Materials and Methods
Cell lines and tumors. Murine mammary tumor cell lines 410.4, 410, and 66.1 are maintained as described previously (4–6). For experimental metastasis assays, 3 × 105 tumor cells were injected into the lateral tail vein of syngeneic immune competent female BALB/cByJ mice (The Jackson Laboratory, Bar Harbor, ME) and 21 days later, mice were sacrificed and pulmonary metastases were quantified.
Cox inhibitor treatments. The dual COX inhibitor indomethacin and the EP4 antagonist, AH23848, were purchased from Sigma Chemical Co. (St. Louis, MO). AH6809 was purchased from Cayman Chemicals (Ann Arbor, MI). ONO-AE3-208 and ONO-AE3-240 were generous gifts from ONO Pharmaceutical Co. (Osaka, Japan). Line 410.4 or 66.1 cells were cultured in the presence of indomethacin (1.0 μmol/L) or ethyl alcohol as control; the EP antagonists AH23848 (5 μmol/L), ONO-AE3-208 (10 nmol/L), ONO-AE3-240 (5 nmol/L), or DMSO for 48 hours, washed, and 3 × 105 viable tumor cells were injected into the tail vein of untreated mice.
Reverse transcription-PCR. RNA was extracted, reverse transcribed and amplified using EP-specific primers. Initial denaturation at 94°C for 2 minutes, followed by 36 cycles of 94°C for 30 seconds, 60°C for 35 seconds, 72°C for 45 seconds, and a 10-minute extension at 72°C.
Primers for EP1: forward primer, 5′-GACGAGTACAGTTCTAACGATGGTC-3′ and reverse primer, 5′-TGAATCCTAAACCCTGCTCTATTTAC-3′; EP2: forward primer, 5′-CTAAGACCCAGTTGATTTAAGCTTTC-3′, reverse primer, 5′-ATGGTCCAAATAAAGAGTCCATTAAG-3; EP3: forward primer, 5′-ATACAGTACCACAGAGTTGTGTCCTC-3′, reverse primer, 5′-AACAGCTCTAGCTGAACATTTAGTCA-3′; EP4: forward primer, 5′-GTCTCACTAAAGCATGAAATGTGAAT-3′, reverse primer, 5′-AGTTTCACTCTGTTTTCAACACTTTG-3′.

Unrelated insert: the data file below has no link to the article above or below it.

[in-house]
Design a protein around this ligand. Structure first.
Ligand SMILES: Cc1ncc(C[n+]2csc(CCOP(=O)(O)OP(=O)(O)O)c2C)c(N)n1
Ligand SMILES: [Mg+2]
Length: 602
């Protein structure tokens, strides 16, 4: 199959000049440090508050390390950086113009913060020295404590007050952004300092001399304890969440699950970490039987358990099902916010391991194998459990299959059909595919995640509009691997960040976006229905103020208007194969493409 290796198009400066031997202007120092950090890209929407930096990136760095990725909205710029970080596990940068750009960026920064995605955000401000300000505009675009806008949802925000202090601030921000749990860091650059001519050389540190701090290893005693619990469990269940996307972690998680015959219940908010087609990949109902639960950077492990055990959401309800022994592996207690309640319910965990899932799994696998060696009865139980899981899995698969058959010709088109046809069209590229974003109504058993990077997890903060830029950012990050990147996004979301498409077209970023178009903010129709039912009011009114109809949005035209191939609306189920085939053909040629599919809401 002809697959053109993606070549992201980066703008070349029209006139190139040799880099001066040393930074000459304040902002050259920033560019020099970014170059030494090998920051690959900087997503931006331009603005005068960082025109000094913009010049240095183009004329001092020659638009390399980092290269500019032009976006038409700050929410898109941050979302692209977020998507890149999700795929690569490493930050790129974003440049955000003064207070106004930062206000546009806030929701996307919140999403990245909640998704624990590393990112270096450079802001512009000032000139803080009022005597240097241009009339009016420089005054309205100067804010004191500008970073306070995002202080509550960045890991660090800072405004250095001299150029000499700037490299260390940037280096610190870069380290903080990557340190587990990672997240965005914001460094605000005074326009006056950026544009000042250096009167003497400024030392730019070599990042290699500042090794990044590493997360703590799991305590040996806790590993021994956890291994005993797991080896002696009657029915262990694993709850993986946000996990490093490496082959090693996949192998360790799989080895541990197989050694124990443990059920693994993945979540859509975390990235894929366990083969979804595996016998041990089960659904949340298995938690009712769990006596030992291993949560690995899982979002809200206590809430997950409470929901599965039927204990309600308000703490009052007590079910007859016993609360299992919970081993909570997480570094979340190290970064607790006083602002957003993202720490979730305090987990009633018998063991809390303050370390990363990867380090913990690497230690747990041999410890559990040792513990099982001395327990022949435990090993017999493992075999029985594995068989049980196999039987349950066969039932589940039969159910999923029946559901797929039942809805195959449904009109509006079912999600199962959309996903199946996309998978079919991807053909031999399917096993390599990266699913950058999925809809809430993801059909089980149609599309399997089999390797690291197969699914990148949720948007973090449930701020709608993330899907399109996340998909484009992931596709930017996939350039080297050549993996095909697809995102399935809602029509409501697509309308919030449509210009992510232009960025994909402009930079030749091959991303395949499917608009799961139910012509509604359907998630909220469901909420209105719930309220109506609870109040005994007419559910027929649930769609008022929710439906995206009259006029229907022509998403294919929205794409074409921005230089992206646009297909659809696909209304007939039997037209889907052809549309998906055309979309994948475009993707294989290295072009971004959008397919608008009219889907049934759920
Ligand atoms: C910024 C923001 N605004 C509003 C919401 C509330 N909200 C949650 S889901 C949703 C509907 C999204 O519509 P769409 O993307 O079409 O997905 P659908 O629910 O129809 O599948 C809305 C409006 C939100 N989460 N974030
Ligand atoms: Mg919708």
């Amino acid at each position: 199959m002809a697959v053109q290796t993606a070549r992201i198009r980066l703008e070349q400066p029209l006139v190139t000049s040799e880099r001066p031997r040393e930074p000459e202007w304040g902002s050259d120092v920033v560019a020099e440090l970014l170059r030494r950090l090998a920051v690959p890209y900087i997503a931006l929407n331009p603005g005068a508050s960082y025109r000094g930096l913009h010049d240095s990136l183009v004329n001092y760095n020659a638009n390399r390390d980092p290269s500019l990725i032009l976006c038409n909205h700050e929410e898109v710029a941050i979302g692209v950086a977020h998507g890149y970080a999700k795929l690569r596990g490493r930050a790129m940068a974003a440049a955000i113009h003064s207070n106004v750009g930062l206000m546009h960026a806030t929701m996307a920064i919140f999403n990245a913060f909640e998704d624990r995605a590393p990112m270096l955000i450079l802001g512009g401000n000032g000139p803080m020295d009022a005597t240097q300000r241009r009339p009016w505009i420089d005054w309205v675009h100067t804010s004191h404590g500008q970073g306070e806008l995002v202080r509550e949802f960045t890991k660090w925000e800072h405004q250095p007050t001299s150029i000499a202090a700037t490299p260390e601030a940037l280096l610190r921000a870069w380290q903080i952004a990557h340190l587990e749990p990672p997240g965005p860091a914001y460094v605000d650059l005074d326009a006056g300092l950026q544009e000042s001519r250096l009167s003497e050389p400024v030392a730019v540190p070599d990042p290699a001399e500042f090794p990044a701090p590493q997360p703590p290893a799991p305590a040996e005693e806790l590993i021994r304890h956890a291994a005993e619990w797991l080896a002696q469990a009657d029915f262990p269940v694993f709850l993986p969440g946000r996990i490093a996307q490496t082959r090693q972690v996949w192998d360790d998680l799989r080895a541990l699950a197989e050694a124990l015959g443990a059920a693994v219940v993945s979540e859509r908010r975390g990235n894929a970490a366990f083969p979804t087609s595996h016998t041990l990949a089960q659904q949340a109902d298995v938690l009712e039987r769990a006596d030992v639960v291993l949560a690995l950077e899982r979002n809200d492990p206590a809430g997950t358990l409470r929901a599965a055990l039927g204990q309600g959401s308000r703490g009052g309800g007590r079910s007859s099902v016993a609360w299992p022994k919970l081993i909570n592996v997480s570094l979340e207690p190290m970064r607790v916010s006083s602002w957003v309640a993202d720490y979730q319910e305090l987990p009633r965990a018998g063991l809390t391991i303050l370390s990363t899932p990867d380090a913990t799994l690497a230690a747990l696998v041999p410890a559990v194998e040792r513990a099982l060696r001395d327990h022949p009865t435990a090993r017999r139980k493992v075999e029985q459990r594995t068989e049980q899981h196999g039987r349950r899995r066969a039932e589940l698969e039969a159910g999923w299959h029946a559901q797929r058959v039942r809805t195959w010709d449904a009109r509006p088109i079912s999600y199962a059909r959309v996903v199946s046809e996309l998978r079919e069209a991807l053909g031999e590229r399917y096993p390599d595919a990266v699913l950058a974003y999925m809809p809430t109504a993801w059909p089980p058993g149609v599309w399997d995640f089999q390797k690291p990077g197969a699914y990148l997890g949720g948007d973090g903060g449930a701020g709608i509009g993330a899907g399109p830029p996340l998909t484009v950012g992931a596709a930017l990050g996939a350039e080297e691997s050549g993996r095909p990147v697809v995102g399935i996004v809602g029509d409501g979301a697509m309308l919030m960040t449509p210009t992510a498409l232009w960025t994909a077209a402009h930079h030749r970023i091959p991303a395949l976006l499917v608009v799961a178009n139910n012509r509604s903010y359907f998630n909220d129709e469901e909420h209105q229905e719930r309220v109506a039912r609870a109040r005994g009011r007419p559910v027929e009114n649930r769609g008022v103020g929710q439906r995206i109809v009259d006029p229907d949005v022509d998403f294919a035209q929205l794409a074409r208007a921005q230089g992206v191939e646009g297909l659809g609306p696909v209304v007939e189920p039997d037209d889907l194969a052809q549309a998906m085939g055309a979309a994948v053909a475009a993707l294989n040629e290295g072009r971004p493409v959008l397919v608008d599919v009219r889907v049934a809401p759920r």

Western blotting. Cell lysates prepared and immunoblotting carried out by standard methods using polyclonal rabbit antibodies to murine EP receptors (Cayman Chemicals), followed by horseradish peroxidase–conjugated second antibody (Amersham, Piscataway, NJ).
Cyclic AMP assay. Cells were pretreated with indomethacin (1.0 μmol/L) for 24 hours and transferred to complete cell culture medium containing 3-isobutyl-1-methylxanthine (100 μmol/L, Sigma Chemical). Agonists PGE2, PGE1-OH or butaprost and antagonists AH6809, AH23848, ONO-AE3-240, or ONO-AE3-208 were added to cells and incubated for 15 minutes, cell lysates were prepared, and intracellular cyclic AMP (cAMP) levels were determined according to the manufacturer's instructions using the cAMP biotrak EIA system (Amersham).
Migration assay. Tumor cells, labeled with calcein AM (Molecular Probes, Eugene, OR), and pretreated with indomethacin (1.0 μmol/L) were placed in the upper well of modified Boyden chambers containing nucleopore polycarbonate membranes (8 μm) coated with a mixture of collagen I and fibronectin. PGE2 at various concentrations, base medium or, as a positive control, 2% fetal bovine serum (FBS) were placed in the bottom chamber. EP antagonists (SC19220, AH6809, and AH23848) were placed in the upper chamber. Migration was assessed 24 hours later after removing nonmigrating cells from the upper chamber using a Cytofluor 4000 plate reader measuring fluorescence at 485 nm. Results expressed as percentage-specific chemotaxis (corrected for baseline chemotaxis in the absence of stimulant) of triplicate wells.